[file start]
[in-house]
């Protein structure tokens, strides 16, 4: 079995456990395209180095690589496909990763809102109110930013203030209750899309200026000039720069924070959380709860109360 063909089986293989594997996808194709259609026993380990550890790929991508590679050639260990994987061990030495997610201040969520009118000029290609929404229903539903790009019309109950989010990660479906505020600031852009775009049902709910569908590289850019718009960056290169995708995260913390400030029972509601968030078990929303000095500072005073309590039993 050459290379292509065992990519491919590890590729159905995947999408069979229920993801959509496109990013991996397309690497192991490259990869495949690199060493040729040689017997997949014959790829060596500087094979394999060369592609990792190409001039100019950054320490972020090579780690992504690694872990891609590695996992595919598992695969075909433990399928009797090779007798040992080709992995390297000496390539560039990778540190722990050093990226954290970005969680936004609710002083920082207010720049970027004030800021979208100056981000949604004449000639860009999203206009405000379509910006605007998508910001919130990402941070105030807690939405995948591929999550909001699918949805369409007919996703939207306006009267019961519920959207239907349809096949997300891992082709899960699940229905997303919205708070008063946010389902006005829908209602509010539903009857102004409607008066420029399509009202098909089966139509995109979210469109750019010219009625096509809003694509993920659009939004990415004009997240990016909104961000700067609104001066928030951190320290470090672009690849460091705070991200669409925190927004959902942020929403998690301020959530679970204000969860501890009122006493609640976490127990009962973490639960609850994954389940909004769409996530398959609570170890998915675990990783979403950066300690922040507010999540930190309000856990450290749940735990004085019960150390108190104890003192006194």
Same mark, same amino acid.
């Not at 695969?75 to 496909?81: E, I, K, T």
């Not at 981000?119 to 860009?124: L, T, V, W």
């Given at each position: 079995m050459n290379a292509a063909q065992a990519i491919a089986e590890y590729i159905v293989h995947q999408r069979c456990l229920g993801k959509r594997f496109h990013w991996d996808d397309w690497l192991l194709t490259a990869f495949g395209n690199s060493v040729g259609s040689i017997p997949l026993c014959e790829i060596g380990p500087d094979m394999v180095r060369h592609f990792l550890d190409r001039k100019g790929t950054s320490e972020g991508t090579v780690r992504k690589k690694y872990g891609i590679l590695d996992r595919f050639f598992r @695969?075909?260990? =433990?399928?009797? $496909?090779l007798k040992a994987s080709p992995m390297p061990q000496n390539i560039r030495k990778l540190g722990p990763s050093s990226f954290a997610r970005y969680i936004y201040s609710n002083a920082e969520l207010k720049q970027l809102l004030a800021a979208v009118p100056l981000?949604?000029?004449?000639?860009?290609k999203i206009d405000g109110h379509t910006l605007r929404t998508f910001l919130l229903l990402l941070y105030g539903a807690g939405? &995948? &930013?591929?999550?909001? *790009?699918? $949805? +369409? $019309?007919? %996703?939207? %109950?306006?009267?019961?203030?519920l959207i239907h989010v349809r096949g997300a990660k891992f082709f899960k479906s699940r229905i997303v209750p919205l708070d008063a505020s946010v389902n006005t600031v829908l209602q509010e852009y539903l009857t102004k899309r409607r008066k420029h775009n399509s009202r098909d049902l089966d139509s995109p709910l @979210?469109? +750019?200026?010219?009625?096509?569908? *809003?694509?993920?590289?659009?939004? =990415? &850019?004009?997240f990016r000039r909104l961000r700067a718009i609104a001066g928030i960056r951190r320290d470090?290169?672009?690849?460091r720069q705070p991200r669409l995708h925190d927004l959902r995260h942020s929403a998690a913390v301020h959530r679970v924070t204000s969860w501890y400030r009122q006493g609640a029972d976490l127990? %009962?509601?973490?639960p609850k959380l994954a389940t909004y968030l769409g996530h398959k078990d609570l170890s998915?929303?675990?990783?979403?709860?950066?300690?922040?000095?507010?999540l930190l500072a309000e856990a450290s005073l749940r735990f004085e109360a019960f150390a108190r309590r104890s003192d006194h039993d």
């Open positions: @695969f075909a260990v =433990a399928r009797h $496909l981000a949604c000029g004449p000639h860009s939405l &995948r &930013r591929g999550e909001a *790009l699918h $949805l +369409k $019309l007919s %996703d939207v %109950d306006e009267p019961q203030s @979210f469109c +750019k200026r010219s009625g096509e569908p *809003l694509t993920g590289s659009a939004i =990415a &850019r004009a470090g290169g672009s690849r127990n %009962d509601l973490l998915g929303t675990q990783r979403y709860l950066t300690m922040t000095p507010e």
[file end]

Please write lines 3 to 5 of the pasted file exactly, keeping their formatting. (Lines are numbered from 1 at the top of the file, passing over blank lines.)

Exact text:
Same mark, same amino acid.
């Not at 695969?75 to 496909?81: E, I, K, T």
């Not at 981000?119 to 860009?124: L, T, V, W």